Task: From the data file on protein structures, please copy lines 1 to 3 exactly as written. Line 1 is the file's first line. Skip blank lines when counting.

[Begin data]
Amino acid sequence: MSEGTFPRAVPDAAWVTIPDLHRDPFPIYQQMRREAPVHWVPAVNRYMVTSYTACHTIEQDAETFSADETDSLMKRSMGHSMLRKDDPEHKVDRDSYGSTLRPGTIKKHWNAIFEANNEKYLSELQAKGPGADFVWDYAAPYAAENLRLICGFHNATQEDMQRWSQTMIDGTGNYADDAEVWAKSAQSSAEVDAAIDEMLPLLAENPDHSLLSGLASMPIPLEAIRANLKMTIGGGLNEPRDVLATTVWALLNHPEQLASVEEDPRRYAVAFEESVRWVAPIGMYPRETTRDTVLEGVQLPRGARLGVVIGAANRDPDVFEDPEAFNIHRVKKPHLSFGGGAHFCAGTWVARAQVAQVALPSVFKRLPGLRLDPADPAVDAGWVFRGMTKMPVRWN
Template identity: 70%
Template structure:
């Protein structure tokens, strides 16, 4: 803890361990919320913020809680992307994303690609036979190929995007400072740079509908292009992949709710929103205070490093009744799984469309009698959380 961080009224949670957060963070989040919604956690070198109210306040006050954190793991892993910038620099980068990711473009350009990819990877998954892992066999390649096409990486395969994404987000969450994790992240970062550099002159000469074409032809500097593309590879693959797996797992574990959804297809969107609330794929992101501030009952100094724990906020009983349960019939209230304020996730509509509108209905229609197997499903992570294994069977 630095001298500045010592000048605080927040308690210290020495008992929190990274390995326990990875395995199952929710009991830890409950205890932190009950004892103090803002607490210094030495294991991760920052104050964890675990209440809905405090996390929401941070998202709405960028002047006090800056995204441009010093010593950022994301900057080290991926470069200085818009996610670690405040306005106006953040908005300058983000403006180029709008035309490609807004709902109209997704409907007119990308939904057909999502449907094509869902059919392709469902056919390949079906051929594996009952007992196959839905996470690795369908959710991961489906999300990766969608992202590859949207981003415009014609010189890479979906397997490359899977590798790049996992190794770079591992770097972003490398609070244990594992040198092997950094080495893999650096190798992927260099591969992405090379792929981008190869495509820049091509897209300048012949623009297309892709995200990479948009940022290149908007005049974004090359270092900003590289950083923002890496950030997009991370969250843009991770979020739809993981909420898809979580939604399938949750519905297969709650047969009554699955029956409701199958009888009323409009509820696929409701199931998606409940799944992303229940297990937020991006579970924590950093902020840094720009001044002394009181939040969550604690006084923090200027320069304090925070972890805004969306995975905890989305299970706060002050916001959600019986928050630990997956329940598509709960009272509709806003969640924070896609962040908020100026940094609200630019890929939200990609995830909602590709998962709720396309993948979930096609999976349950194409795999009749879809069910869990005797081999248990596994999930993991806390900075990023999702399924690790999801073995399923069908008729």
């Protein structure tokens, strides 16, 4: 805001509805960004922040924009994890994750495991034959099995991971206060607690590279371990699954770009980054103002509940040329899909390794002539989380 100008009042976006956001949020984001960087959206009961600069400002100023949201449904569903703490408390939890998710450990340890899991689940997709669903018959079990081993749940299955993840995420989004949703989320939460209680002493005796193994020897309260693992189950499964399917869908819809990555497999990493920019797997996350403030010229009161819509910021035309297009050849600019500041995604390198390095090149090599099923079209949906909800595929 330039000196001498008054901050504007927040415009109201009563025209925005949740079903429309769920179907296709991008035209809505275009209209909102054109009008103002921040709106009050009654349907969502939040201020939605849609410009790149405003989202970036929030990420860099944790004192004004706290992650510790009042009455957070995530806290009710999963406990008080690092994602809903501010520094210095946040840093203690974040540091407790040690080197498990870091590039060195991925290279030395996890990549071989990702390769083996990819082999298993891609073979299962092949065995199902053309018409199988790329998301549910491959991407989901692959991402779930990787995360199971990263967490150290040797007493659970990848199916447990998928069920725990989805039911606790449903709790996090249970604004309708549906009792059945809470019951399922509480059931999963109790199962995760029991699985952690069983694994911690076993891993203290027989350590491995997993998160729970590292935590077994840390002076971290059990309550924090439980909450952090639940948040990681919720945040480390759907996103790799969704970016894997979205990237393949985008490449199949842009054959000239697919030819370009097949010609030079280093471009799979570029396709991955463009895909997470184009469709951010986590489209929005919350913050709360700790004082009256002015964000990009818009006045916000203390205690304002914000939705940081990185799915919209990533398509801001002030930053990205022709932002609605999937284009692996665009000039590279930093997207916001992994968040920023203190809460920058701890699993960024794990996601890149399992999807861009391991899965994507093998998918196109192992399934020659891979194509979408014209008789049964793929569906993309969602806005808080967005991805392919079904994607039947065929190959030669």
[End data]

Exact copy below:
Amino acid sequence: MSEGTFPRAVPDAAWVTIPDLHRDPFPIYQQMRREAPVHWVPAVNRYMVTSYTACHTIEQDAETFSADETDSLMKRSMGHSMLRKDDPEHKVDRDSYGSTLRPGTIKKHWNAIFEANNEKYLSELQAKGPGADFVWDYAAPYAAENLRLICGFHNATQEDMQRWSQTMIDGTGNYADDAEVWAKSAQSSAEVDAAIDEMLPLLAENPDHSLLSGLASMPIPLEAIRANLKMTIGGGLNEPRDVLATTVWALLNHPEQLASVEEDPRRYAVAFEESVRWVAPIGMYPRETTRDTVLEGVQLPRGARLGVVIGAANRDPDVFEDPEAFNIHRVKKPHLSFGGGAHFCAGTWVARAQVAQVALPSVFKRLPGLRLDPADPAVDAGWVFRGMTKMPVRWN
Template identity: 70%
Template structure: